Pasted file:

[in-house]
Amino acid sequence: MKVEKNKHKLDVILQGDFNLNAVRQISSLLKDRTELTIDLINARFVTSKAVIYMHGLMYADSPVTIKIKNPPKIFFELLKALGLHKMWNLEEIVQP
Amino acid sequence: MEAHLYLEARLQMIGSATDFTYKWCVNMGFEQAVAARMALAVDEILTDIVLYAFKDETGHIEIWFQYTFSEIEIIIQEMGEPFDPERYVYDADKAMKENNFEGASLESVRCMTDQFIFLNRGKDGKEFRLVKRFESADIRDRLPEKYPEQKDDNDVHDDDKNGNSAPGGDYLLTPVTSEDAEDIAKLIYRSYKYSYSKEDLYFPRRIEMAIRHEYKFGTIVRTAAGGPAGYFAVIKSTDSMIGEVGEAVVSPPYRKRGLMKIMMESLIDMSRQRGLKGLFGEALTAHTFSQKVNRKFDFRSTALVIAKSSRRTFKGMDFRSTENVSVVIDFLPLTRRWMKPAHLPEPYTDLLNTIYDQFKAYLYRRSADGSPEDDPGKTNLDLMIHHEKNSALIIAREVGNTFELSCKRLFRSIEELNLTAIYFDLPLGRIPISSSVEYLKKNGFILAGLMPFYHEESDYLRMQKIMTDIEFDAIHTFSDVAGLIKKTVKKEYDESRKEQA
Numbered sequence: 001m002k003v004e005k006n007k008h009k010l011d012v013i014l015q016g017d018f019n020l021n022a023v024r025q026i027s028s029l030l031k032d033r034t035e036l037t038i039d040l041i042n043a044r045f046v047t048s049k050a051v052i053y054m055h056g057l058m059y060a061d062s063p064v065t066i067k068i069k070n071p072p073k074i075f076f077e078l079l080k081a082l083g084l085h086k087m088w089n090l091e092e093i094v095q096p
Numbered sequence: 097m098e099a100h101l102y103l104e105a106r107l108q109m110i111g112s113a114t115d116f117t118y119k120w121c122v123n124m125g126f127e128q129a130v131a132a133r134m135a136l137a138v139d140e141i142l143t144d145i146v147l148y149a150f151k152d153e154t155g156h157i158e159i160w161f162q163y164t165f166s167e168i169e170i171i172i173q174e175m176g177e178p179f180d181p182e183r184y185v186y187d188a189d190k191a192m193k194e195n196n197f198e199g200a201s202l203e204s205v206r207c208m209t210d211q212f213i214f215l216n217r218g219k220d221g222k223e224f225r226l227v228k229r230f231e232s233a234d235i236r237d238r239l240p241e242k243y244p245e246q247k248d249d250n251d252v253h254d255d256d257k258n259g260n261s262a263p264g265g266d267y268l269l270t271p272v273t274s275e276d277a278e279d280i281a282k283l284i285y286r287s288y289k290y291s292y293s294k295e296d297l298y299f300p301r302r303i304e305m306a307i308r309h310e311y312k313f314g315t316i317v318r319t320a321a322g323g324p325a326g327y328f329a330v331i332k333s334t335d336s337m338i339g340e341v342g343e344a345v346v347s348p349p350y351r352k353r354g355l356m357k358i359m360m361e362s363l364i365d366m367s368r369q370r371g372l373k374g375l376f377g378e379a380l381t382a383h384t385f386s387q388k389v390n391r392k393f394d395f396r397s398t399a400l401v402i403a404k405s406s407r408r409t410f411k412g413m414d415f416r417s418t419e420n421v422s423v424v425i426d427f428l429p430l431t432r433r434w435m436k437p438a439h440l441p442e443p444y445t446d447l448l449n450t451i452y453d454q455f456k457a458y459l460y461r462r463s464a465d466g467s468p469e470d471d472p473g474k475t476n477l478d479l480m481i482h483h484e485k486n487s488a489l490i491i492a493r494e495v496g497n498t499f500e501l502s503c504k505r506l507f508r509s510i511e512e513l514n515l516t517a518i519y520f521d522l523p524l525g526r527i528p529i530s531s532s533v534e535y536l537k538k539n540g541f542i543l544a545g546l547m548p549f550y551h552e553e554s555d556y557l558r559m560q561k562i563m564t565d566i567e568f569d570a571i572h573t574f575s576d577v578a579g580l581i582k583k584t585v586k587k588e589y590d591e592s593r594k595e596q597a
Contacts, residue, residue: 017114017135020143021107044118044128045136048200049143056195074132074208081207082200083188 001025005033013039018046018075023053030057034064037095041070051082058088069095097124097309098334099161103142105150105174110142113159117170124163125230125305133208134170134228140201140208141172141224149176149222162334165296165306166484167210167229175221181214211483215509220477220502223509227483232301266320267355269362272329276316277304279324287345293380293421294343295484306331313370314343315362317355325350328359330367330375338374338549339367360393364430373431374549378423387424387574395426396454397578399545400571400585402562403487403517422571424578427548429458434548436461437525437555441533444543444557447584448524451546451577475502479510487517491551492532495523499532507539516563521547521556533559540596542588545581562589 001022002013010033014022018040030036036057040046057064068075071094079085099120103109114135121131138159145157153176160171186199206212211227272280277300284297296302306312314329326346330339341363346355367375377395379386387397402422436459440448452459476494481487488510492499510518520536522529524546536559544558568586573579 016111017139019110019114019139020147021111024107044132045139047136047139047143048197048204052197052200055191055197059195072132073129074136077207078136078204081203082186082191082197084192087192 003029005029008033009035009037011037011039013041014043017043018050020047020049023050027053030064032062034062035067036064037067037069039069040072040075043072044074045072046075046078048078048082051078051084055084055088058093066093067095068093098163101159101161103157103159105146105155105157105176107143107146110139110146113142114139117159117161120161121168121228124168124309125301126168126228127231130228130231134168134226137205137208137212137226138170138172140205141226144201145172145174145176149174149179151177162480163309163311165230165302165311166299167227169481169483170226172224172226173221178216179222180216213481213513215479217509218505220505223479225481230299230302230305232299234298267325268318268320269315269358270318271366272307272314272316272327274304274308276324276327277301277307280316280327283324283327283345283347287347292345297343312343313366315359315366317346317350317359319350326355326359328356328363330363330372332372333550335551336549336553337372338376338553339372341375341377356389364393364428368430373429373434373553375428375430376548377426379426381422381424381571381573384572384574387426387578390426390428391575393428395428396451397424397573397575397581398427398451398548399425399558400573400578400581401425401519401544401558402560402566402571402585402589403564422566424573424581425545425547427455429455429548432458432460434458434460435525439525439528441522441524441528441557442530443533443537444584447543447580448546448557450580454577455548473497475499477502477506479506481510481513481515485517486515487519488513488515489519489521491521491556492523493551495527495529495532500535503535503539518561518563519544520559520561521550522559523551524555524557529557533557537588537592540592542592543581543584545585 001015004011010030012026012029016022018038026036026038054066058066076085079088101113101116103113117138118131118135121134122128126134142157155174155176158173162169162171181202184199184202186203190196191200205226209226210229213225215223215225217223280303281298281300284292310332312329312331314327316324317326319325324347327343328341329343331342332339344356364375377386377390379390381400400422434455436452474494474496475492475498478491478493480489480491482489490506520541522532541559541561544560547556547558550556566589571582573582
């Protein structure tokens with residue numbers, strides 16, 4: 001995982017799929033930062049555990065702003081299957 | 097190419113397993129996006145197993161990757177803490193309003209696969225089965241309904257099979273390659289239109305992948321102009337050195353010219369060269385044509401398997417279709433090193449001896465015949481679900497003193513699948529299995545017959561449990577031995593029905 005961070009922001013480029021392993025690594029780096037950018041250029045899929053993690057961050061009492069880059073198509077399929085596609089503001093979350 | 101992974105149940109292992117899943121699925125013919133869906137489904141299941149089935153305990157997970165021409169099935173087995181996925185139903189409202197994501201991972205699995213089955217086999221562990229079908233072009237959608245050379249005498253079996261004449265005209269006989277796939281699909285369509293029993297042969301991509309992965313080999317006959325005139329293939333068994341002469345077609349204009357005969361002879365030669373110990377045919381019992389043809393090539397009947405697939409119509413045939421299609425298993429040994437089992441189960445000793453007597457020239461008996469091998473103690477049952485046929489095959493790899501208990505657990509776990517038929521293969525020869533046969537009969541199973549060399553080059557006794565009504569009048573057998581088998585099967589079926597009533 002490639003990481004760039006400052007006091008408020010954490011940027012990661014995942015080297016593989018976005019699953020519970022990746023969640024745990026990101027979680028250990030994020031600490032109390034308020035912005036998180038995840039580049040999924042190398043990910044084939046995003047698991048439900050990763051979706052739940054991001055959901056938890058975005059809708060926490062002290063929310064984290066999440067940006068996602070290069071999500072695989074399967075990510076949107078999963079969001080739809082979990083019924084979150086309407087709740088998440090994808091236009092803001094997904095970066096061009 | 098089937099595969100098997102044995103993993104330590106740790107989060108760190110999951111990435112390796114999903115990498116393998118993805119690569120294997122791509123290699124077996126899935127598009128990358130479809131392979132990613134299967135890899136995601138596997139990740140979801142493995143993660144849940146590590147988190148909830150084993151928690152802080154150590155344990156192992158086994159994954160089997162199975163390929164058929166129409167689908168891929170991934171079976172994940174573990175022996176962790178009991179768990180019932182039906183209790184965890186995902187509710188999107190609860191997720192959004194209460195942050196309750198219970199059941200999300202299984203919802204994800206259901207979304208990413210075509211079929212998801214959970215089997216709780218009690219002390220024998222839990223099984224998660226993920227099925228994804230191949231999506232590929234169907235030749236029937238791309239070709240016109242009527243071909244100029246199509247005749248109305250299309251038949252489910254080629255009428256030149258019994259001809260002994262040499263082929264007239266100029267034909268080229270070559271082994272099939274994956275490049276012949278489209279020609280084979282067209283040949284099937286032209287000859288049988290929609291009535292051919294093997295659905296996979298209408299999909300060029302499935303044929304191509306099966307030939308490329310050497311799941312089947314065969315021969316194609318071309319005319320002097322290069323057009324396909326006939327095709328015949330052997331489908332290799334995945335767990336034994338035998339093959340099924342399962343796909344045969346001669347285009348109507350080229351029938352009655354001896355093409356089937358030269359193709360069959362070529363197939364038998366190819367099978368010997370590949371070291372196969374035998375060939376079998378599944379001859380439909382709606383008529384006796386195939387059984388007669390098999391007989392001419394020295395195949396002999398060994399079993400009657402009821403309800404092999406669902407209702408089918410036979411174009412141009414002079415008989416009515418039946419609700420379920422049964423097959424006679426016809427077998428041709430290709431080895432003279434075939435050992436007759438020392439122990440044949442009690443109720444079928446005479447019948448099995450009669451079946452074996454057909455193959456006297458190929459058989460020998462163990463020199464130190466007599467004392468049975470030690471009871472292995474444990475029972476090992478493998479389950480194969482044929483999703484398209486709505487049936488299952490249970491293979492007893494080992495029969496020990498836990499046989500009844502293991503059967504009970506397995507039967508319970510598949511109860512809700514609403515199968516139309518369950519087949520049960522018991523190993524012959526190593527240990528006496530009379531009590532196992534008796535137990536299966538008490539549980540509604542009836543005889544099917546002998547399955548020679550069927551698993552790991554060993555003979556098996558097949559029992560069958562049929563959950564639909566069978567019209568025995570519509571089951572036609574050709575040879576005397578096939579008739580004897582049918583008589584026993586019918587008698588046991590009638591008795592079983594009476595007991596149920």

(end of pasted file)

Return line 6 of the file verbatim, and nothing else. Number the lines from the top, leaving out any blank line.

Contacts, residue, residue: 017114017135020143021107044118044128045136048200049143056195074132074208081207082200083188 001025005033013039018046018075023053030057034064037095041070051082058088069095097124097309098334099161103142105150105174110142113159117170124163125230125305133208134170134228140201140208141172141224149176149222162334165296165306166484167210167229175221181214211483215509220477220502223509227483232301266320267355269362272329276316277304279324287345293380293421294343295484306331313370314343315362317355325350328359330367330375338374338549339367360393364430373431374549378423387424387574395426396454397578399545400571400585402562403487403517422571424578427548429458434548436461437525437555441533444543444557447584448524451546451577475502479510487517491551492532495523499532507539516563521547521556533559540596542588545581562589 001022002013010033014022018040030036036057040046057064068075071094079085099120103109114135121131138159145157153176160171186199206212211227272280277300284297296302306312314329326346330339341363346355367375377395379386387397402422436459440448452459476494481487488510492499510518520536522529524546536559544558568586573579 016111017139019110019114019139020147021111024107044132045139047136047139047143048197048204052197052200055191055197059195072132073129074136077207078136078204081203082186082191082197084192087192 003029005029008033009035009037011037011039013041014043017043018050020047020049023050027053030064032062034062035067036064037067037069039069040072040075043072044074045072046075046078048078048082051078051084055084055088058093066093067095068093098163101159101161103157103159105146105155105157105176107143107146110139110146113142114139117159117161120161121168121228124168124309125301126168126228127231130228130231134168134226137205137208137212137226138170138172140205141226144201145172145174145176149174149179151177162480163309163311165230165302165311166299167227169481169483170226172224172226173221178216179222180216213481213513215479217509218505220505223479225481230299230302230305232299234298267325268318268320269315269358270318271366272307272314272316272327274304274308276324276327277301277307280316280327283324283327283345283347287347292345297343312343313366315359315366317346317350317359319350326355326359328356328363330363330372332372333550335551336549336553337372338376338553339372341375341377356389364393364428368430373429373434373553375428375430376548377426379426381422381424381571381573384572384574387426387578390426390428391575393428395428396451397424397573397575397581398427398451398548399425399558400573400578400581401425401519401544401558402560402566402571402585402589403564422566424573424581425545425547427455429455429548432458432460434458434460435525439525439528441522441524441528441557442530443533443537444584447543447580448546448557450580454577455548473497475499477502477506479506481510481513481515485517486515487519488513488515489519489521491521491556492523493551495527495529495532500535503535503539518561518563519544520559520561521550522559523551524555524557529557533557537588537592540592542592543581543584545585 001015004011010030012026012029016022018038026036026038054066058066076085079088101113101116103113117138118131118135121134122128126134142157155174155176158173162169162171181202184199184202186203190196191200205226209226210229213225215223215225217223280303281298281300284292310332312329312331314327316324317326319325324347327343328341329343331342332339344356364375377386377390379390381400400422434455436452474494474496475492475498478491478493480489480491482489490506520541522532541559541561544560547556547558550556566589571582573582